Sunday, August 23, 2009

Basterds, plus Tarantino in General

It's taken me until right now to discover something that presumably the rest of the free moviegoing world has known for over a decade now: the only way to enjoy a Quentin Tarantino movie is not to take it seriously. I think that's why I didn't like Pulp Fiction that much--I was trying to make it make too much sense. (Alternately, maybe it wasn't actually a good movie at all, but here again, the rest of the free moviegoing world disagrees with me.)

But that's exactly why Inglourious Basterds was amazing--as long as you don't expect anything serious out of it, it's a masterpiece of ridiculousness. Sure, depending on personal taste, there might be a number of reasons you wouldn't want to see this movie. If the over-the-top needless violence in, say, Kill Bill wasn't your thing, you probably won't do well with the over-the-top needless violence in this movie. If you're expecting a thoughtful film about the sensitive issues that World War II raised, you're not going to get it here. And if you want any historical accuracy, forget it.

What you will get is a bunch of dead "Nat-zees", as Brad Pitt's character puts it. And Pitt's Aldo Raine is by far the best part of this film. His barely-literate Appalachian zeal for Nazi killing is incredibly entertaining. It's roles like this that make me actually respect the guy despite all the tabloid nonsense he spawns. Christoph Waltz is equally excellent as the primary antagonist Hans Landa. In fact, he makes a much better antagonist than, say, the Joker from The Dark Knight, because he's believable. Nobody is as deranged as the Joker, but plenty of Nazis were as deranged as Landa, and Waltz plays that derangement with such utter contemptibility and sliminess that you want nothing more than for him to lose.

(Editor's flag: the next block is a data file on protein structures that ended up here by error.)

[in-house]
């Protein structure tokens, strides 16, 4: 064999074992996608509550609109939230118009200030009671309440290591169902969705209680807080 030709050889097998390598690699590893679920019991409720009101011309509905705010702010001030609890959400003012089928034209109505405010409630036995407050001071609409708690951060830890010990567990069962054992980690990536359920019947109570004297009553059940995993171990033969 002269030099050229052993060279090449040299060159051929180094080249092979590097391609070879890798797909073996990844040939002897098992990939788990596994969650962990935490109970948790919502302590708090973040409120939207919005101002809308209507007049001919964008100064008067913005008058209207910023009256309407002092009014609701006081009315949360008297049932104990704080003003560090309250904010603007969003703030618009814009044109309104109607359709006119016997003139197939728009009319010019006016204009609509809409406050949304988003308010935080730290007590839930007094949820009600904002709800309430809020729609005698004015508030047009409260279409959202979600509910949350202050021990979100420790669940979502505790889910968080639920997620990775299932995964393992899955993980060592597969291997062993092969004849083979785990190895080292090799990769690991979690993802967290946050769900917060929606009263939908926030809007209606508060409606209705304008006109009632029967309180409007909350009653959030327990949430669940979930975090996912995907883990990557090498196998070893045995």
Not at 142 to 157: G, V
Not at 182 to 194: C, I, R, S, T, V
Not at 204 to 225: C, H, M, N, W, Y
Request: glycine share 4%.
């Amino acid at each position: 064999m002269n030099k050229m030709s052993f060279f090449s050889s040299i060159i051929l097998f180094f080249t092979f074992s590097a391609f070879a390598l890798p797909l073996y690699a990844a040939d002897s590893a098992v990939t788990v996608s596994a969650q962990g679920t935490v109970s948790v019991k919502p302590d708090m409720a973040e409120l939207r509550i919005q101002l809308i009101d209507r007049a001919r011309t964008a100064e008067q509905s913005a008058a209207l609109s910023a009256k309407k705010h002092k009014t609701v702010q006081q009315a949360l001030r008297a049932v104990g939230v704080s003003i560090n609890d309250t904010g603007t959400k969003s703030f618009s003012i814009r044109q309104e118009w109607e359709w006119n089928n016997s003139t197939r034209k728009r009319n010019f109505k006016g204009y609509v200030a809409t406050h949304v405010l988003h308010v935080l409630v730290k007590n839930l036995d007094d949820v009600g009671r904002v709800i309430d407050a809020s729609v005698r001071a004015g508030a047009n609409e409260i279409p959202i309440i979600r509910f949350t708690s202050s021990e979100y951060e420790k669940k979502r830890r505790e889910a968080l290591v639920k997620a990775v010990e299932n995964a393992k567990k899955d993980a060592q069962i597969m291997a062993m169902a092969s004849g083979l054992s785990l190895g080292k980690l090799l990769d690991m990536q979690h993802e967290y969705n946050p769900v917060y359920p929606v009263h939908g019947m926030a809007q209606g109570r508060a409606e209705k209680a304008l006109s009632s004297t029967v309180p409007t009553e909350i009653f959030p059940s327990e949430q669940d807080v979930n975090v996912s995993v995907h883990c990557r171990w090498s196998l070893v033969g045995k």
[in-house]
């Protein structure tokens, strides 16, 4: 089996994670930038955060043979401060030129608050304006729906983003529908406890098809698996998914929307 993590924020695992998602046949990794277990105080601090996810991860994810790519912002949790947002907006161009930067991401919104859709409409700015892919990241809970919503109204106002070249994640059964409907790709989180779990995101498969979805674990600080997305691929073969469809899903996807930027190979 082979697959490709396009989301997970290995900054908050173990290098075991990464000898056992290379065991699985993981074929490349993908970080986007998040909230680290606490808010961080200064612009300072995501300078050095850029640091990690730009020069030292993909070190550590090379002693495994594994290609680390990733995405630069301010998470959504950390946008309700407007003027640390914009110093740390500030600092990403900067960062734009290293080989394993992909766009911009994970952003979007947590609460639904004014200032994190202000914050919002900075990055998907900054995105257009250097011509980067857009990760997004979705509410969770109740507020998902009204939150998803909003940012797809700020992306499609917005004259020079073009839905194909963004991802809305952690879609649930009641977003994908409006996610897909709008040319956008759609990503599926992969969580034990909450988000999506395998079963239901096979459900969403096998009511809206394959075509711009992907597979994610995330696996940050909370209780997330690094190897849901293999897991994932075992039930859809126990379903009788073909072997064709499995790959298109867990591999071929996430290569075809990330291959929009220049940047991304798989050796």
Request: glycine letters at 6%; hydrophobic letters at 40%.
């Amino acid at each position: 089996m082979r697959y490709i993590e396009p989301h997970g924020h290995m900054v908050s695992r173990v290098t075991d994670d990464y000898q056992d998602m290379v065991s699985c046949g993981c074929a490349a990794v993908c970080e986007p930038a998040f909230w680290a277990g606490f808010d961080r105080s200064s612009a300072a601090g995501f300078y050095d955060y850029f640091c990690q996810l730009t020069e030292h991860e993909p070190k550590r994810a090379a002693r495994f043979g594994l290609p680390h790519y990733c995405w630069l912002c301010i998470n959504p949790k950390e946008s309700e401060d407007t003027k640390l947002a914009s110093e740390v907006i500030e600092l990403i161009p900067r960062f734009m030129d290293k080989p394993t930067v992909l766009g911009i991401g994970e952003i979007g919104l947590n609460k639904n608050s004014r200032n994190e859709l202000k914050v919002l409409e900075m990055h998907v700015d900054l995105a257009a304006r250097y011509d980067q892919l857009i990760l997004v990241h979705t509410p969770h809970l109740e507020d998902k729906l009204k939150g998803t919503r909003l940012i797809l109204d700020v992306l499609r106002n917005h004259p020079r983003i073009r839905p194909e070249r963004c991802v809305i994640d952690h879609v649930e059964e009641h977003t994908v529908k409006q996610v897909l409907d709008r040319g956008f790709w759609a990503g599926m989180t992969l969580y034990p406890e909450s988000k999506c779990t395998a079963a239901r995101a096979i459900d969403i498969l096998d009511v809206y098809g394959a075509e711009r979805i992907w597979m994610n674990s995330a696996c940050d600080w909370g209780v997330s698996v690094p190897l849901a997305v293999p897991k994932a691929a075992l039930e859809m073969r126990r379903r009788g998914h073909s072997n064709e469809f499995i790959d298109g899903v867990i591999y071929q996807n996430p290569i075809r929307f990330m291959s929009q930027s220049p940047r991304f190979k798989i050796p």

So really, the movie only suffers when neither Pitt nor Waltz are involved in a scene. Nothing against Mélanie Laurent, but the scenes with Pitt and Waltz are so good that the story of her Shoshanna seems more like a subplot than an integral part of the film. Maybe her story seems weak because the backstory is still a mystery: we have no idea how she got to Paris and became successful following the death of her family. Also, I would have like to have seen the British film critic turned soldier have a bigger part in the movie.

But those flaws don't do much to reduce the awesomeness and absurdity that is Inglourious Basterds. Definitely recommended.

Currently listening: "Turn on Me", the Shins

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